UTEP celebrates 100 years of history

 UTEP celebrates 100 years of history

January 8, 2014

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Editor's Note: The University of Texas at El Paso will celebrate its 100 year throughout 2014.

By Jenn Crawford / Special to the Times

Did you know that Texas Western College, now The University of Texas at El Paso, was the first institution of higher education in the state to desegregate its undergraduate program?

Did you know that the first El Paso-born Olympian was a UTEP student named Javier Montez?

Did you know that renowned sculptor Urbici Soler, who built the statue on Mount Cristo Rey, later became a UTEP faculty member?

Do you know the story behind UTEP's unique Bhutanese architecture?

Did you know that UTEP contributes $1.3 billion to the El Paso County economy each year?

Over the next year, the stories in this space will look at key moments in the last century where El Paso history and UTEP history connected. Were you at the airport when the men's basketball team returned from the NCAA championship game in 1966?

Did you attend a sold-out performance of the UTEP Dinner Theatre's first show, "Joseph and the Amazing Technicolor Dreamcoat," in 1983? Was your company or family one of the 80 that backed the original $50,000 needed to open the Texas State School of Mines and Metallurgy in 1914?

Through this weekly series in 2014 - UTEP's centennial year - readers will have the chance to learn about the role the university has played in the community, from its overall economic impact through payroll and operations expenses to the impact of local small business owners who graduated from UTEP.

The series will explore the history of the annual Texas College of Mines (TCM) Day tradition that involves rituals like "Kissing the Blarney Stone" and whitewashing the M on the mountain to celebrate the university's roots in mining and engineering. It will recall the prank in 1953 that involved students "borrowing" a live alligator from San Jacinto Plaza and placing it in a professor's office.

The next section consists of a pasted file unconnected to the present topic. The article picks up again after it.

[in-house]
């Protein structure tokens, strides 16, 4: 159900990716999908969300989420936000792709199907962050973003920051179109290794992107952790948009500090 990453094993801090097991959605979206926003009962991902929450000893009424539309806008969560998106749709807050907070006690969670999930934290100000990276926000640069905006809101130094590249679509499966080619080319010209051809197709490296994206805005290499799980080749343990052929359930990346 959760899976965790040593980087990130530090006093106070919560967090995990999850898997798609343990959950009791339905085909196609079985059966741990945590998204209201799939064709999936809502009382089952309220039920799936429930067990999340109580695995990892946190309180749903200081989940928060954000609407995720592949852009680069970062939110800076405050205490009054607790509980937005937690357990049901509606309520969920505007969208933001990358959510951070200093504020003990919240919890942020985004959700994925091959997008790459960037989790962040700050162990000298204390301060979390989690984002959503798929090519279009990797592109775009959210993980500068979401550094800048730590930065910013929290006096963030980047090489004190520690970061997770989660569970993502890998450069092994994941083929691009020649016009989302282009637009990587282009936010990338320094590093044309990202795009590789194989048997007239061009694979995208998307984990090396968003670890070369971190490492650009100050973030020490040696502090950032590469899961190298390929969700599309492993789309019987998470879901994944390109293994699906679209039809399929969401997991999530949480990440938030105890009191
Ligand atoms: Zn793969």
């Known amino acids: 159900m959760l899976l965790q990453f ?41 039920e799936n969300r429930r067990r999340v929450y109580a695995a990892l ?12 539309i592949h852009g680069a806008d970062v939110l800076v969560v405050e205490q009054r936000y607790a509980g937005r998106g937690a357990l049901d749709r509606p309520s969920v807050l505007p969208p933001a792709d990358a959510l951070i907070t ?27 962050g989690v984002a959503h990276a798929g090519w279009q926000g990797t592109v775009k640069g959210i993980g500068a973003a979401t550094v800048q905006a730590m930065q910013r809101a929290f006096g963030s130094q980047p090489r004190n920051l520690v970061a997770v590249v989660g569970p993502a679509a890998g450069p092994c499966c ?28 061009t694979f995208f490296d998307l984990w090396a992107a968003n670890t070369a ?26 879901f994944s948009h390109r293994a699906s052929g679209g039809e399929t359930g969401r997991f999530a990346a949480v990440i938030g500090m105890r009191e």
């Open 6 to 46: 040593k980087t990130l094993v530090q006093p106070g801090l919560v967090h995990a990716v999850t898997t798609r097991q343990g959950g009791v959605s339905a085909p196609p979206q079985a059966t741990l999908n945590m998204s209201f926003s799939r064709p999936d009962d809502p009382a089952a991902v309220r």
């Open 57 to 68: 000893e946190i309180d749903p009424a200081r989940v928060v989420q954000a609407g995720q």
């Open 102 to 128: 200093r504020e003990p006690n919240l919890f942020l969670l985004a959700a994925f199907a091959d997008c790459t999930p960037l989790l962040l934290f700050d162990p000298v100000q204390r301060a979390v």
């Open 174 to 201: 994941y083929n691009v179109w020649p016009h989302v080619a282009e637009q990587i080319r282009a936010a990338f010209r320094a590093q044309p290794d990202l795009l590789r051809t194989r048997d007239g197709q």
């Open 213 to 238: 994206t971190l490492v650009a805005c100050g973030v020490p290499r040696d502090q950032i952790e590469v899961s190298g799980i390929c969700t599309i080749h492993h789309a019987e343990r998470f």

UTEP's history is rich with anecdotes about unique campus traditions such as the annual Minerpalooza community festival. The university boasts alumni who have gone on to have a national or global impact, such as former NASA astronaut Danny Olivas, TV newsman Sam Donaldson, NFL referee Ed Hochuli and New Mexico Gov. Susana Martinez, as well as lesser-known but equally important names such as Dennis Poon, architect behind some of the world's tallest buildings; Mike Loya, president of one of the world's largest energy trading companies; and Hank Cohen, former CEO of MGM Television.

Readers will meet some of the former Paydirt Pete mascots who pumped up the crowds at football and basketball games in the Sun Bowl and Don Haskins Center, as well as the original 27 students who enrolled at the Texas School of Mines in 1914. Readers will also learn about the nation's first Peace Corps volunteers, who trained at Texas Western College (now UTEP).

"The impact of UTEP's nearly 100 years of creating high-quality academic and research opportunities for our students, and the achievements of the more than 110,000 graduates who have contributed so much to this community and beyond has been profound," said UTEP President Diana Natalicio. "It's hard to imagine this region without UTEP's many contributions to its development, growing prosperity and quality of life."

Members of the El Paso community are invited to share their memories of UTEP from years past. To share a story, send an email to univcomm@utep.edu.